In short Odysseus’ household, as originally conceived, contained no one for Odysseus to return to. The original story, therefore, was not about Odysseus’ return but rather about an invasion -- about a foreigner arriving and attacking the local inhabitants, killing them, and claiming the throne. This explains certain problems in the conflict between the Odysseus and the ‘suitors’. In the Odyssey as we have it, the suitors are guests under the protection of Zeus, and Odysseus’ slaughter of them should be viewed as a monstrous crime; but in the Ur-form of the tale they enjoyed no such protection, and so Odysseus could attack and kill them without any impropriety, and no violation of Greek morals.

Given the strong ties that Odysseus has with northwestern Greece -- Lykophron records that there were oracles of Odysseus among the Eurytanians and Trampyans, Bouneima near Trampya was founded by Odysseus, and the epithet ‘Alkomenean Odysseus’ surely refers to the Alkomenai in Illyria rather than the Ithacan town --, the Ur-form of the ‘return’ story must have been about an invasion from the northwest. This can be none other than the Dorian invasion, whose historicity is undoubted.

The Ur-Odyssey thus stands as our earliest source of information for a violent Dorian incursion. It seems that an echo of this may survive in some of the later interpolated parts of the epic. Notably, we are now in a position to explain Telemachos’ journey to Sparta as being, in its origin, an account of a contingent sent to invade the southern Peloponnesos. This contingent had aid from Pylos, so that we now see Pylos was evidently the first city in the Peloponnesos to accept and support their new Dorian masters. Historians of the Dark Age will want to take note of this discovery, as will students of the role and status of Pylos in early Greece, and adjust the historical record accordingly.
WARNING: this map is very garbled. It comes from some poor sap’s presentation to a class, but it’s basically the Bronze Age equivalent of 1066 and All That.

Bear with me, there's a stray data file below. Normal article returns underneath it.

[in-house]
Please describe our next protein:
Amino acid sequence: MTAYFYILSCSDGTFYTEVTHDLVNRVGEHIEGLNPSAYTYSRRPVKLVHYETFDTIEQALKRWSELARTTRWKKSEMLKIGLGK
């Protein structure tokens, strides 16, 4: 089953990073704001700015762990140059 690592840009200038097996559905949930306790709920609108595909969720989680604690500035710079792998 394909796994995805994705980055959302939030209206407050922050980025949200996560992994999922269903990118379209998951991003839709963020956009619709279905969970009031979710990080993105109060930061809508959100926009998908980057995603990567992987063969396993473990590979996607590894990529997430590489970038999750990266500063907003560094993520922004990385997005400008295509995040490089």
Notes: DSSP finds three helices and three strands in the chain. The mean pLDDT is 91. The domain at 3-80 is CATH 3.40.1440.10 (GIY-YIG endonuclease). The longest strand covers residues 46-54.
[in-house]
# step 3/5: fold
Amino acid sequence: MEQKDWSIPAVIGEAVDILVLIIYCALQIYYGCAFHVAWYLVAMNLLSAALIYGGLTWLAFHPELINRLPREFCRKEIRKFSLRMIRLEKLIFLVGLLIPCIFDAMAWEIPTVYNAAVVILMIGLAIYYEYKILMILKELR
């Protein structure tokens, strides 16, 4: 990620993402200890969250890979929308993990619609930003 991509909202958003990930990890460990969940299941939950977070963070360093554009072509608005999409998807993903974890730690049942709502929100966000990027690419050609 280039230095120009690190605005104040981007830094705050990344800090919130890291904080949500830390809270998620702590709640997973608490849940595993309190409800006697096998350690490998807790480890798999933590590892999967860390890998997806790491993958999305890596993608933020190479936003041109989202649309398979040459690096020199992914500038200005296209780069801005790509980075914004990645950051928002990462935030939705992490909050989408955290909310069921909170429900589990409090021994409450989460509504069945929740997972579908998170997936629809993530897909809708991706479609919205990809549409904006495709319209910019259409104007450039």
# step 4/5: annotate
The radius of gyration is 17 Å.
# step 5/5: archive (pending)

‘Hey, let’s imagine the Dorian invasion really happened, and not only that, but that it was an integral part of the Bronze Age Collapse and the Sea Peoples, and all these things were actually the same event!’
‘Sure, everyone knows that if three things happened within two centuries of each other and within 1000 km of each other, they must be directly linked. The first one is based on legendary sources from 500-1000 years later, the second one is grounded in archaeological evidence from Greece, Anatolia, and Syria, and the third in contemporary textual evidence from Egypt. Yes, these are all clearly the same thing.’
‘Um, do we need to put the Dorian homeland in its correct place?’
‘No, why would that matter?’
‘So we’ve got an existing Greek civilisation being invaded by more Greeks from Serbia, that’s OK?’
‘That makes complete sense to me.’
‘How about the fact that Mersin, Tarsus, Carchemish, and Hamath weren’t destroyed, but were either damaged but remained standing, like Troy and Knossos, or even became more important after the Hittite collapse -- do we care about that?’
‘Bah, just trivial details.’
‘What about colonists heading ...’
‘Shut up and draw the map.’


I won’t labour all the in-jokes in this essay, but it may be worth mentioning that some of its claims are perfectly true.
  • ‘[T]he elder compilation of three lays by a relatively talented Ionian poet’: this is essentially how Wilamowitz argued the Odyssey was put together.
  • The parallels between Helen and Penelope are all real.